Stonover Farm: A Hard Rocker Changes his Tune
Tom and Suky Werman met on a bike tour of France the summer both were 16. “I showed up early and looked over the roster,” Tom recalls. Among the names was one Susan Gould of Rye, NY. “I thought, ‘She’s going to be my girlfriend this summer.’ ” She was, and they’ve been pedaling up hill and coasting down ever since. Susan (better known as Suky) and Tom married after graduate school (he in business, she in education) and raised three children in Los Angeles.
“There are four stages to every successful career in the entertainment industry,” says Tom. “ ‘Who’s Tom Werman? Get me Tom Werman. Get me a young Tom Werman. Who’s Tom Werman?’ ”
Tom was a hard rock record producer and A&R executive who, in the 80s and 90s, discovered and/or produced some of the biggest acts on the Los Angeles recording scene—Ted Nugent, Boston, Motley Crue, Twisted Sister, Poison, to name but a few. But by late 2000, he was painfully straddling career stages 3 and 4. Then a friend, Tom Kelly (the composer of Like a Virgin), lent him the book, “Who Moved My Cheese?”
“It took about forty minutes to read,” recalls Tom, “and by the time I finished I knew I was about to start a new life.”
With Suky’s blessing, Tom set out to find a property where they could do a b&b, but Their Way—luxurious, not fussy (“no excess fabric, no little sayings, no potpourri,” says Tom, looking pained); clean design and all the amusements modern technology can afford.
Gravitating back to home turf, Tom, a native Bostonian, started and ended his search in The Berkshires. One day in February 2001, he phoned Suky, who was teaching at a private school back in Los Angeles, from Lenox. “I found it,” he said. “The moment I walked through the door, I heard celestial choirs.”
With the help of Thalia Gelbard, a designer from Sherman Oaks, California, the Wermans quickly transformed Stonover, an 1890 gentleman’s farm on Under Mountain Road, just minutes from Tanglewood, into a five-unit, five-star b & b. Their style is minimal-but-comfortable: each unit (three luxury suites in the main house, one beyond-luxurious suite in a renovated schoolhouse, and a two-bedroom cottage with a fully-equipped kitchen) is a media haven, complete with broadband internet access, a 27” flat-screen TV, full cable, plus CD and DVD players. The boundlessly energetic Tom cooks breakfast on an Aga, and mows the lawn himself (!) on a John Deere. Their first guest was Linda Ronstadt who found them through one of her producers, John Boylan, an old industry pal of Tom’s.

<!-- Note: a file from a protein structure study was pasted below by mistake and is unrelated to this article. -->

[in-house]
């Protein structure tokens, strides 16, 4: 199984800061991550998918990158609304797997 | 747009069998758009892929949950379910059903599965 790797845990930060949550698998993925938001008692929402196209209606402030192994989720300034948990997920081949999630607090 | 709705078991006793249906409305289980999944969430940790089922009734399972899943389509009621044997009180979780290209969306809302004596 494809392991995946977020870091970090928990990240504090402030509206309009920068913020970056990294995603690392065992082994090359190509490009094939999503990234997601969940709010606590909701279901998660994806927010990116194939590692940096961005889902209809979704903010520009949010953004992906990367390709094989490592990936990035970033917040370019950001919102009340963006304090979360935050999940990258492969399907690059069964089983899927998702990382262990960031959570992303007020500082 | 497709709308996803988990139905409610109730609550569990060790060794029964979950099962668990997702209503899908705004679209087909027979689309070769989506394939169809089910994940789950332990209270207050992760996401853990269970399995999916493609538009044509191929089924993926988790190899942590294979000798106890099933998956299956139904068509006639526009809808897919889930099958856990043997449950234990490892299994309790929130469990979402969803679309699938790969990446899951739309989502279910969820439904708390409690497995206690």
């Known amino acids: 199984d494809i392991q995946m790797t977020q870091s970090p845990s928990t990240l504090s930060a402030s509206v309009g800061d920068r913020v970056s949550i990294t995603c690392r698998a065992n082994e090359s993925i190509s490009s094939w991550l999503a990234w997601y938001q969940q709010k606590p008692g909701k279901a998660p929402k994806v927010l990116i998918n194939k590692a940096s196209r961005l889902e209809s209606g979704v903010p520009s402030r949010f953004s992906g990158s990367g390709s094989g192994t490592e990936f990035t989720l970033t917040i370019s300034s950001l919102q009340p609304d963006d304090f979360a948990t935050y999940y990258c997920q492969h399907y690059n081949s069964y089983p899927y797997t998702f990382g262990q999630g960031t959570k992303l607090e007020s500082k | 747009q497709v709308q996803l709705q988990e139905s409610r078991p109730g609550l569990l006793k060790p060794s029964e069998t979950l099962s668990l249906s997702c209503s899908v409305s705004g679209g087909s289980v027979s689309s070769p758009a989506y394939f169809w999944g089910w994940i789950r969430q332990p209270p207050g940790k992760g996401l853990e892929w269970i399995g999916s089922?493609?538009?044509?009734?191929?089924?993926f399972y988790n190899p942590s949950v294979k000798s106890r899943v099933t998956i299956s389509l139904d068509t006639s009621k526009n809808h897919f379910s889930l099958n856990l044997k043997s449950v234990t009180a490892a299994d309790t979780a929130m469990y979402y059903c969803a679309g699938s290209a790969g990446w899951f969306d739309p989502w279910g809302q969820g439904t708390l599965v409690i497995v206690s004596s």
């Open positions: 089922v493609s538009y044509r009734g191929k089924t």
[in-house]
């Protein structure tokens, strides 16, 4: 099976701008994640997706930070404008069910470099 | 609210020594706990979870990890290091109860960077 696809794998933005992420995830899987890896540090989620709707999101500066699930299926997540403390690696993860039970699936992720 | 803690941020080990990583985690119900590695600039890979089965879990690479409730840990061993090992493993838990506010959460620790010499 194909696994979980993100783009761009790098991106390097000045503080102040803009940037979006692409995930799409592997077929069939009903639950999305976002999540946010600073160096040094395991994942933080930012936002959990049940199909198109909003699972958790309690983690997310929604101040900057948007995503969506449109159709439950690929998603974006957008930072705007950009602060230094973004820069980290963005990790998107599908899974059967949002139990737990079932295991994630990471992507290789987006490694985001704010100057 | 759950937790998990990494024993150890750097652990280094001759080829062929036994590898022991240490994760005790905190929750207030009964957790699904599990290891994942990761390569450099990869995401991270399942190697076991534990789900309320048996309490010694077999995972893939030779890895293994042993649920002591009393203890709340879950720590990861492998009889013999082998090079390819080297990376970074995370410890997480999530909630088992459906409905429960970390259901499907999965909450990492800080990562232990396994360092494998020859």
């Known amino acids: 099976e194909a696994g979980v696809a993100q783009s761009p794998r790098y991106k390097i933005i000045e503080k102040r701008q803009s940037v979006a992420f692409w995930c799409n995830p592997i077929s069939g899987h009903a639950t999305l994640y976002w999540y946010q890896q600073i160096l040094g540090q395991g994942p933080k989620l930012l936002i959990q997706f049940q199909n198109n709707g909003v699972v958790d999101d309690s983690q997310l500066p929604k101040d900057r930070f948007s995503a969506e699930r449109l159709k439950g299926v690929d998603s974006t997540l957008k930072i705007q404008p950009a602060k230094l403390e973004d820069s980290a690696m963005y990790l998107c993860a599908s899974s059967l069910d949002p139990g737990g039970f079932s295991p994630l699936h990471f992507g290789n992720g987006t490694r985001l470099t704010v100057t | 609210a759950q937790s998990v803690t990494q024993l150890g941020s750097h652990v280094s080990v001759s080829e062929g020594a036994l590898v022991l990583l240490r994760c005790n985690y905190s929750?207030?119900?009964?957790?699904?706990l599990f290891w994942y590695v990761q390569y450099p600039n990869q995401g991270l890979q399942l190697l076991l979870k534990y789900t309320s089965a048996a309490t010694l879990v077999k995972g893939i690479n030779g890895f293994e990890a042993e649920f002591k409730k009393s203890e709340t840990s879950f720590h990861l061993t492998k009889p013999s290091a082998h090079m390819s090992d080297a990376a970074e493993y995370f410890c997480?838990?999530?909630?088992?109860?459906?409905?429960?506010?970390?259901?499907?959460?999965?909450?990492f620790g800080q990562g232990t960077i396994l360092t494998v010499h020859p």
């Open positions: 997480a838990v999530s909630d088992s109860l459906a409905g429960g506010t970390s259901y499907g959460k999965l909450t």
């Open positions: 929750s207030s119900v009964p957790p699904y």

Stonover has been a new leaf for Suky, as well. Since her days in the education department of the Craft and Folk Art Museum when they first moved to L.A., she has been a “casual collector” of arts and crafts. When it came to selecting art for Stonover, she asked five of the California artists whose work she and Tom owned if she could represent them on the East Coast. She displayed their works decoratively in the public rooms of the inn. Guests lapped them up. Soon she expanded her exhibition space to Stonover’s glorious barn—and her sights to the larger art world. While she still represents the original five, a recent exhibition included works by such art world luminaries as April Gornik and Kiki Smith.
Two of the California five: clothespin vessel by Karyl Sisson; pottery by Leslie Thompson.
Lots of people fantasize about chucking their hum-drum existences so they can pursue cock-eyed dreams. In the Wermans’ case, it was the other way around: They ran away from the circus and joined the world. “We love the community, we love our neighbors, and we love our guests,” Suky says. “We transformed our lives and found great stimulation and peace all at once. It’s been everything we’d hoped for.”
Stonover Farm, 169 Under Mountain Road, Lenox 413.637.9100
The Barn Gallery at Stonover Farm is open to guests at the inn and by appointment. 413.637-3344 email@example.com
Except for the two pictures of vessels, above, the photographs in this story are used with the kind permission of Kevin Sprague.